Actors vs the media – and what performers can expect to come up against

Daniel Radcliffe in The Cripple of Inishmaan. Photo: Johan Person.
Daniel Radcliffe in The Cripple of Inishmaan. Photo: Johan Person.
Matt is news editor for The Stage, having started as the newspaper’s broadcast reporter. He covers all areas of the industry in his role, but has a particular interest in musical theatre. Matt studied acting at Bretton Hall and presents a monthly theatre news round up on BBC London Radio.
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While writing a story for The Stage’s website this week, I found myself using the words “best known for” when referencing a particular actor who has been cast in a West End play.

It made me wonder how frustrating these three words may well be for the actor concerned.  For while it may be true that this actor is indeed known by many for the particular role I singled out, it’s also true that his CV boasts credits that he may now well be equally as known for.

[pullquote]It seems to be accepted by the media that if your job is on television or the stage, they also need to know about your personal life too.[/pullquote]

I am not suggesting the actor concerned would deny the importance of the role I had highlighted, but it made me wonder whether performers – justifiably – get fed up with being forever associated with one particular part, particularly when parts they have played subsequently may have been just as significant.

Very often the roles cited, of course, are the ones that have put an actor on a map. So Lacey Turner will probably always be referred to as “former EastEnders actor”, even though she has done other roles since, and someone like Robert Webb, recently cast in Jeeves and Wooster, will regularly be referred to as “Peep Show’s Robert Webb”. Similarly, Daniel Radcliffe’s Harry Potter days will not be forgotten, nor should they be.

The words “best known for” may be useful shorthand to put an actor’s career in context, but I imagine they must surely become quite tedious for the performer in question.

So, putting myself into the shoes of an actor, here are some other imagined performer “pet hates” when it comes to the media:

If you strip off for a scene, you will always be remembered for it

Just ask Lara Pulver, who was required to be naked for a scene in Sherlock last year. The media has had a field day since then – probing her on her decision to do it, asking her how it felt. If you’re going to take your clothes off for a drama, don’t expect the media to forget about it.

You’re an actor – you must be really wealthy…

It’s perceived as a glamorous profession, thanks to Hollywood and the lives of A listers such as Brad Pitt and Angelina Jolie. But for your average actor, life will always be about saving for a rainy day, and taking other jobs in between acting work to pay the bills. The Stage knows this, but other journalists may not be so aware.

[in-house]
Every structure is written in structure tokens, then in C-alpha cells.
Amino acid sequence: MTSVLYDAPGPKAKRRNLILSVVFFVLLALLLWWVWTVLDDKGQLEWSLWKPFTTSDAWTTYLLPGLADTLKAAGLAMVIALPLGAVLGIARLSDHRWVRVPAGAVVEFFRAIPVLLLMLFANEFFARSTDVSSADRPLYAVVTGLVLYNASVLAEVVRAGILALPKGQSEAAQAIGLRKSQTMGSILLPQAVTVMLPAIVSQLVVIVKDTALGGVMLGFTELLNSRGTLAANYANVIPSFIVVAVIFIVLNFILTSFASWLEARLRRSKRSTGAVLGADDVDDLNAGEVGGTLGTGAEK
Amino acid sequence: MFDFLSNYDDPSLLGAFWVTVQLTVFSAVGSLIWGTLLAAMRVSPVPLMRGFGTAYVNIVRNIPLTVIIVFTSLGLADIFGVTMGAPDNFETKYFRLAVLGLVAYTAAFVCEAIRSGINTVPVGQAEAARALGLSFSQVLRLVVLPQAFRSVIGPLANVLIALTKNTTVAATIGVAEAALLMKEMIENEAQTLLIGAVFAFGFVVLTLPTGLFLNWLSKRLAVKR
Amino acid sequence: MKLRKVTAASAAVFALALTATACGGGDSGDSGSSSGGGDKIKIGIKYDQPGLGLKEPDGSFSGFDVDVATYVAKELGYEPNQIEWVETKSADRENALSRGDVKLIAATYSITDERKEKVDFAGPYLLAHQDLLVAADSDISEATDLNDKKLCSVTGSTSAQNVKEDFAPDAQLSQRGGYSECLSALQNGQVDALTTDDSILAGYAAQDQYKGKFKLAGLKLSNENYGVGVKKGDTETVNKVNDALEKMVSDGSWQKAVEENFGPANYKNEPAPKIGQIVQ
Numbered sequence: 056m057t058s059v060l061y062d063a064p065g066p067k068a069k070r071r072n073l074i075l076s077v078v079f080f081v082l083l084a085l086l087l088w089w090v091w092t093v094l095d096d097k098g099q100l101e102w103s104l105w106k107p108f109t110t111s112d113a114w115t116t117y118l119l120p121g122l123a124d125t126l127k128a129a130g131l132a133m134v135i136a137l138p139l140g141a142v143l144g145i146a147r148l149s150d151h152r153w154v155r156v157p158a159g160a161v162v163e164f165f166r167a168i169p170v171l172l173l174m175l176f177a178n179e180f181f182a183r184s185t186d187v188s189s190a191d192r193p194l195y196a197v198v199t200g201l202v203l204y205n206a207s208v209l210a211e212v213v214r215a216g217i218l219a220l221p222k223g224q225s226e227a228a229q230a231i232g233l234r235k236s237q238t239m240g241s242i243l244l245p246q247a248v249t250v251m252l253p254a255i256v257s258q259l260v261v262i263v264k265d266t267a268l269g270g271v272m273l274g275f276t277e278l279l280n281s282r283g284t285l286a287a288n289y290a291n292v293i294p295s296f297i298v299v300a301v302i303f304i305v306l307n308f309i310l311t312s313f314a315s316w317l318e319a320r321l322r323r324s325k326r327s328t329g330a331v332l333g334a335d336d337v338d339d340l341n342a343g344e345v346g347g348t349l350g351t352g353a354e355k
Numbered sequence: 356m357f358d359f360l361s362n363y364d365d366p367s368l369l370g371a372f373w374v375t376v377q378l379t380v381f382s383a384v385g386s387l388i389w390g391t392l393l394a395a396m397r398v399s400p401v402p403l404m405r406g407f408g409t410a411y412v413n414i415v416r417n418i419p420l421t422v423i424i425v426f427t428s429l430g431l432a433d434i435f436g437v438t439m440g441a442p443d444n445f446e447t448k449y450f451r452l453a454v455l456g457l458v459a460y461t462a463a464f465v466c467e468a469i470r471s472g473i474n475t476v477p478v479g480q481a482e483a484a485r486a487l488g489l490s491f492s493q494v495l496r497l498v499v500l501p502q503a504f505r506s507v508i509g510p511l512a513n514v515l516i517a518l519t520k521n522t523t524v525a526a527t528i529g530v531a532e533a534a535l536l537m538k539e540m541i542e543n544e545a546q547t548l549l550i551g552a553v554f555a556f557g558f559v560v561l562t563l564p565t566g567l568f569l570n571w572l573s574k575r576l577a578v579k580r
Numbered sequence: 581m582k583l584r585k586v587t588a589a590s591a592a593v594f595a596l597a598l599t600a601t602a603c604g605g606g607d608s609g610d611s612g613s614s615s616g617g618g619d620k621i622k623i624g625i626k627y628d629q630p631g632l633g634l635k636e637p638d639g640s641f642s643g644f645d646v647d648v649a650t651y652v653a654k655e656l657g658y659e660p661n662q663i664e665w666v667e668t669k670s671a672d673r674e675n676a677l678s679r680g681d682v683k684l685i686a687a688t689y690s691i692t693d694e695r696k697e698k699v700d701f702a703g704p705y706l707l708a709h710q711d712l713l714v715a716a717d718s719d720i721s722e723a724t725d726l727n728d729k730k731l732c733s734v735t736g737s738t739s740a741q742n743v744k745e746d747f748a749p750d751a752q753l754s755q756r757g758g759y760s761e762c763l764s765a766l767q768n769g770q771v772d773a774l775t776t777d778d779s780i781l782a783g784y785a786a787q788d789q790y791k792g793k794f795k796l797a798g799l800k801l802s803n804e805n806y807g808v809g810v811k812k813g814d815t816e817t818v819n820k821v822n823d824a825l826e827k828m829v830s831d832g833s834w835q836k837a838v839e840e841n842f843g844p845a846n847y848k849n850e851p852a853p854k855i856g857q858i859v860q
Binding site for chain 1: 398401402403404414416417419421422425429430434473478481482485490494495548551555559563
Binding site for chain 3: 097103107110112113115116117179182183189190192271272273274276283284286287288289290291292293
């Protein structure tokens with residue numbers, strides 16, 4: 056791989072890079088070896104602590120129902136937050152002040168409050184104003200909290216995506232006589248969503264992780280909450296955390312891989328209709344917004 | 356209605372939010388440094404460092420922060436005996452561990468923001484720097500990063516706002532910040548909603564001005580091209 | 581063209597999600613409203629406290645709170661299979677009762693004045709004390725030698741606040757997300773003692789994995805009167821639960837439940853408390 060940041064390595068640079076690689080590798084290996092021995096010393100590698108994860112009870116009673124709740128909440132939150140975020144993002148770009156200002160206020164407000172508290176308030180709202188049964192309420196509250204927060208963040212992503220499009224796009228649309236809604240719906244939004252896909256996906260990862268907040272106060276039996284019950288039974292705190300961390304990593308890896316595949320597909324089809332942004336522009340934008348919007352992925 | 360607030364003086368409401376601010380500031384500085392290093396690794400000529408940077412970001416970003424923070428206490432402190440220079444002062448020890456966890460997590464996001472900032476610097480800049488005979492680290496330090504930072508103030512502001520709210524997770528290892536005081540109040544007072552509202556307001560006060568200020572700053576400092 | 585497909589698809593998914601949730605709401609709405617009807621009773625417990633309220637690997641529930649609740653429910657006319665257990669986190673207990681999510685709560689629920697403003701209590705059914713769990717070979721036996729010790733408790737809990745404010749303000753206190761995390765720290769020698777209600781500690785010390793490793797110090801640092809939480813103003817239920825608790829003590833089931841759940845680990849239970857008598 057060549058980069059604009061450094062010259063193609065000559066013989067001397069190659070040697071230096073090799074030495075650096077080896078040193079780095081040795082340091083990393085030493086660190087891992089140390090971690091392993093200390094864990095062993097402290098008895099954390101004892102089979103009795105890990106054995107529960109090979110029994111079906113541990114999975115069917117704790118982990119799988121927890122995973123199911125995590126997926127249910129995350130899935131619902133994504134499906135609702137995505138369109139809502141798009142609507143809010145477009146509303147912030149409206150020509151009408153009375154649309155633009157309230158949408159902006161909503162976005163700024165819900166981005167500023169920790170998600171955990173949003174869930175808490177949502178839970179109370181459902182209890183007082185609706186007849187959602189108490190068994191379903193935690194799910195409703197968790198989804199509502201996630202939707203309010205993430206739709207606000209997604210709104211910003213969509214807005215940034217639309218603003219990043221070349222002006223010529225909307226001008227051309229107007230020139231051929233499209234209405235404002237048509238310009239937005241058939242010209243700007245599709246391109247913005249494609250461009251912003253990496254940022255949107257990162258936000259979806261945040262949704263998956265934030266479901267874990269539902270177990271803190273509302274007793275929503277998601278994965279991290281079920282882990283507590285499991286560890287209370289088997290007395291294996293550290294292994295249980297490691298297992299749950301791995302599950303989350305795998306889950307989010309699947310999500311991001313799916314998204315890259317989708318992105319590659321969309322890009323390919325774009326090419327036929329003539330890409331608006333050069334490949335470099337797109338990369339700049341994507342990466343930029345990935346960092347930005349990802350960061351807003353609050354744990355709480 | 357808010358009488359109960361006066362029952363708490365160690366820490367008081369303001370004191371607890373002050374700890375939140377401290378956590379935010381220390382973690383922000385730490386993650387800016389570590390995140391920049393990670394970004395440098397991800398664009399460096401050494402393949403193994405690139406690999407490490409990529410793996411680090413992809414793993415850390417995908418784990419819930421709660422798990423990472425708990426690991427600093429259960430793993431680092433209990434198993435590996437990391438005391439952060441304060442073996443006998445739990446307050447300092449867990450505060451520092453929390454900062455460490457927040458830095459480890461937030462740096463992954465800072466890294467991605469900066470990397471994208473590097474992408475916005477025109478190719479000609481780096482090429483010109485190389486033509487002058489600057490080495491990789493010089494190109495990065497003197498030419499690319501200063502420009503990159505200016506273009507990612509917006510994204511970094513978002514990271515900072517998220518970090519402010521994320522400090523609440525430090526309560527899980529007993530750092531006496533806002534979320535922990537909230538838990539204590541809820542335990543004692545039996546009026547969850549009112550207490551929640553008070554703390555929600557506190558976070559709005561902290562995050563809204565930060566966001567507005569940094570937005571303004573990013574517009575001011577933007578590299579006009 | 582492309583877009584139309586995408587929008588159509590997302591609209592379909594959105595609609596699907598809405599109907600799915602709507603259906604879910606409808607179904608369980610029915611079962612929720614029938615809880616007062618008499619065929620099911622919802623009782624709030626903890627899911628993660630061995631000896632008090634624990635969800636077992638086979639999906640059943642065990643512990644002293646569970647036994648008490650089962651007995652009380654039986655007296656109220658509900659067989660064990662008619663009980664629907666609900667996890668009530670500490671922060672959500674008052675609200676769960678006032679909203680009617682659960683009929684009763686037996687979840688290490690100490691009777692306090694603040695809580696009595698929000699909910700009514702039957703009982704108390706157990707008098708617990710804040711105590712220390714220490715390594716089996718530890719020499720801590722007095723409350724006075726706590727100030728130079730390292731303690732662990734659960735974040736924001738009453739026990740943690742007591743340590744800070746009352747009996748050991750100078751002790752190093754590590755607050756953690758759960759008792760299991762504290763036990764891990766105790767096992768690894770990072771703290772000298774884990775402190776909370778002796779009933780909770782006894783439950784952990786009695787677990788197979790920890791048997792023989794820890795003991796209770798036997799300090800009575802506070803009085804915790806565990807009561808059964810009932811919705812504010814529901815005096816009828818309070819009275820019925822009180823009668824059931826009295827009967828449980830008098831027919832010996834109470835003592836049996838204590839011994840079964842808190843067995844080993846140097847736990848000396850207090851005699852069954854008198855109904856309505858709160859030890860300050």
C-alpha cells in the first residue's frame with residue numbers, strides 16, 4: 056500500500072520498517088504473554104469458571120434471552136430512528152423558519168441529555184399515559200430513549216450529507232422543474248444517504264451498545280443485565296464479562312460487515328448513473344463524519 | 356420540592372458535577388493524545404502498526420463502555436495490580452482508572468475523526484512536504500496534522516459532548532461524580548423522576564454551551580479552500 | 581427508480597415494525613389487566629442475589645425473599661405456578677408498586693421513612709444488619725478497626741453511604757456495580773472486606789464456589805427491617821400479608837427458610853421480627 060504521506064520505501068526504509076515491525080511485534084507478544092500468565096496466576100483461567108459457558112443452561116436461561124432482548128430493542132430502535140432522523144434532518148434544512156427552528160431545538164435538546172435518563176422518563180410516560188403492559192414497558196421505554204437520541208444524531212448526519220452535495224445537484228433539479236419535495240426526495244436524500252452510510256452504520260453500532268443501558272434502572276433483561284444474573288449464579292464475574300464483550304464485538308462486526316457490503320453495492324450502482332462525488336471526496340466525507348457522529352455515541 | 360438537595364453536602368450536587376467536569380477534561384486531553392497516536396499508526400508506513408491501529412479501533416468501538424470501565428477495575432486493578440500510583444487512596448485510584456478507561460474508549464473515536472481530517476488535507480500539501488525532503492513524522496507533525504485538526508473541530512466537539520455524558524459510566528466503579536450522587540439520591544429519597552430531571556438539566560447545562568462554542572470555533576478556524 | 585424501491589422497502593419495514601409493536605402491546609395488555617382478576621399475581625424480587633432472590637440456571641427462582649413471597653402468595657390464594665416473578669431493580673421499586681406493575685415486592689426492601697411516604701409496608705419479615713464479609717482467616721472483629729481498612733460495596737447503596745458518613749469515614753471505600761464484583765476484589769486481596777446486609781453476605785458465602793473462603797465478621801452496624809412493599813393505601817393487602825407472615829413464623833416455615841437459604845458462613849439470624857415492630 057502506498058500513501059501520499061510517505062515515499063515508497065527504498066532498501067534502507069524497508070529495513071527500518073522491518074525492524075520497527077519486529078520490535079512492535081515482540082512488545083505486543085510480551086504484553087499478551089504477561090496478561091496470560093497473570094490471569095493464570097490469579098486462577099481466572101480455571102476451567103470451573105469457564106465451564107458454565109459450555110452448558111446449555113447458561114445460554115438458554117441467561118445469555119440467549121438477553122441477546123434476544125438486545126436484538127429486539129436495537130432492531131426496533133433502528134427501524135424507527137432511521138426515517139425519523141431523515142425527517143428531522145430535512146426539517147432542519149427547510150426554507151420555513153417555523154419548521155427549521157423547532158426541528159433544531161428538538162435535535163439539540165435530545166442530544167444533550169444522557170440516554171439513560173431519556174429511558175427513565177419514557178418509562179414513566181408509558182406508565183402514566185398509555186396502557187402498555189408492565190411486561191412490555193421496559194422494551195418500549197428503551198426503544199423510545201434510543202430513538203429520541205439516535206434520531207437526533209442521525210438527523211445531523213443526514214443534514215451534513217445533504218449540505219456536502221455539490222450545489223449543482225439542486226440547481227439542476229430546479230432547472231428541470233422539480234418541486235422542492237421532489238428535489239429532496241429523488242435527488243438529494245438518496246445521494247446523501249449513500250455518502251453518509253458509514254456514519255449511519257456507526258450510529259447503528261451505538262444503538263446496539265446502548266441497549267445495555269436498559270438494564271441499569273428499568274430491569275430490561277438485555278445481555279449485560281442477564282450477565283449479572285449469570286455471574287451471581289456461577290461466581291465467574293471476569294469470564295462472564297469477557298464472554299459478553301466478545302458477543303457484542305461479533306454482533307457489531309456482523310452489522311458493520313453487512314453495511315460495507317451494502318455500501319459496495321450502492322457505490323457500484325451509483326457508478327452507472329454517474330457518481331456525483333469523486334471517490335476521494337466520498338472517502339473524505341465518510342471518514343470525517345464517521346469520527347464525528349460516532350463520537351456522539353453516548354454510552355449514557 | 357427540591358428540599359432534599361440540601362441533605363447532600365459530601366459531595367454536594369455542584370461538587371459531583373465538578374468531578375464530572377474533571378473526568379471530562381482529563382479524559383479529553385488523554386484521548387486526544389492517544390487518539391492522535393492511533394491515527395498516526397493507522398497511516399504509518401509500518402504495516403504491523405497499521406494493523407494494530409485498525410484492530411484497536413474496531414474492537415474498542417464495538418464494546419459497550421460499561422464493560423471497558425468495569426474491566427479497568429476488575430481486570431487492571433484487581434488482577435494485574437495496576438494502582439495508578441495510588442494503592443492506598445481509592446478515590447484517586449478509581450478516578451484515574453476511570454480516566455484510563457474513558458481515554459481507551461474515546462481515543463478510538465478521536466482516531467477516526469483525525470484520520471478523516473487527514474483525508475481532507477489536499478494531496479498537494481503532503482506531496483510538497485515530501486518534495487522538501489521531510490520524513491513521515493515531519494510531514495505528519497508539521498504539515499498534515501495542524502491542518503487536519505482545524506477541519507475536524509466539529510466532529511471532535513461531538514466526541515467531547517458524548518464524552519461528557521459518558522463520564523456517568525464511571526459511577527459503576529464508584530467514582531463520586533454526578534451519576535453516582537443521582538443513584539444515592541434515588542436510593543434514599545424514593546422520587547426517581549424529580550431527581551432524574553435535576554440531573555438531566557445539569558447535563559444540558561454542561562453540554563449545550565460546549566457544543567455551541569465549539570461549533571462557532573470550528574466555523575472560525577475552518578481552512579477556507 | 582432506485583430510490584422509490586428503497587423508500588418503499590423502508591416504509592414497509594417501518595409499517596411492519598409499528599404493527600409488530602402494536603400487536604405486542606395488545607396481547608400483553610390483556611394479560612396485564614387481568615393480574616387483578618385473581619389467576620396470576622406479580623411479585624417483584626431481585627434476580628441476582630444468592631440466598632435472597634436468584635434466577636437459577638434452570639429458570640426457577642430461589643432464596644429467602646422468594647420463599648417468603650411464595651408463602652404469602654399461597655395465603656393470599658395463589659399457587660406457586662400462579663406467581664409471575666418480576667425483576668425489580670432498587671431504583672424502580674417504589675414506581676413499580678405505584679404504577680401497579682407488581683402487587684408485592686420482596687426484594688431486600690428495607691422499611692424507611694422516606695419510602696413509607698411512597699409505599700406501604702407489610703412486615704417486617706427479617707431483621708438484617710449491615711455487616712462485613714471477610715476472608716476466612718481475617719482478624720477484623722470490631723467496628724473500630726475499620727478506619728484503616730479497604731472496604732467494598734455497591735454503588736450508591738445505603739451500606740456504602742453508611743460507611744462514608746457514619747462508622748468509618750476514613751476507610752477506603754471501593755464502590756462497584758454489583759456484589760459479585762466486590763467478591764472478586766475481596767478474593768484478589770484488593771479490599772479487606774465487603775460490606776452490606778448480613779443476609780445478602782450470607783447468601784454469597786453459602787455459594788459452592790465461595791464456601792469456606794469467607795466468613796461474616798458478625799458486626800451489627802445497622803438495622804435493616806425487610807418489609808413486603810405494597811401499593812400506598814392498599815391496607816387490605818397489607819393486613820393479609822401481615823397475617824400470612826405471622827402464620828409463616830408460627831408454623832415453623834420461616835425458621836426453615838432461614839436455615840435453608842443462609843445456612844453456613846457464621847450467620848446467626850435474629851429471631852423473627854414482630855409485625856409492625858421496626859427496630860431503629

Questions about personal lives

If you live in the public eye, it's not just your work that will be of interest. The media will be keen to know who you’re dating, or why you're no longer married to someone. It seems to be accepted by the media that if your job is on television or the stage, they also need to know about your personal life too.

Questions about weight management

I saw this with my own eyes just the other week – when Lenny Henry was mobbed by journalists at the South Bank Sky Arts awards. Okay, he’d chosen to come to the press room. But was he ready for the line of questions he was to face? One of the journalists there had clocked Henry’s weight loss, and probed him on how he’d managed it. It didn’t seem interesting to me, but clearly she thought there was interest in knowing what food he’s cut out of his diet, rather than hearing about his future plans as an actor.

You’re an actor, you must be REALLY interesting

I’ve done it - come away from an interview and thought to myself, ‘Well they had nothing to say for themselves’. But I’ve come to appreciate over the years that actors are like anybody else – some have something interesting to say, others don't. It’s easy to forget that actors have usually been put up for an interview by a PR to promote a drama or play. That doesn’t guarantee they have lots of interesting things to say or, indeed, that they actually want to be there talking to the press.

Unprepared journalists

Again, this is something I saw first hand at a press event, where one journalist talking to Nigel Lindsay decided to quiz the performer on something that he had read about him. “And where did you read that?” Lindsay asked, to which the journalist replied: “Wikipedia”. Quite rightly, Lindsay decided not to take any further questions from him.

Being called a luvvie

You’re an actor, therefore you're a luvvie. David Suchet hates it (he says it’s the worst thing that has happened to the industry). And I am sure he’s not alone in thinking so. Sadly, the media and general public do tend to think the term is appropriate. So as performers you will probably come up against it time and time again. Of course if you moan about it, you'll probably be called a luvvie. So you can't win.

 

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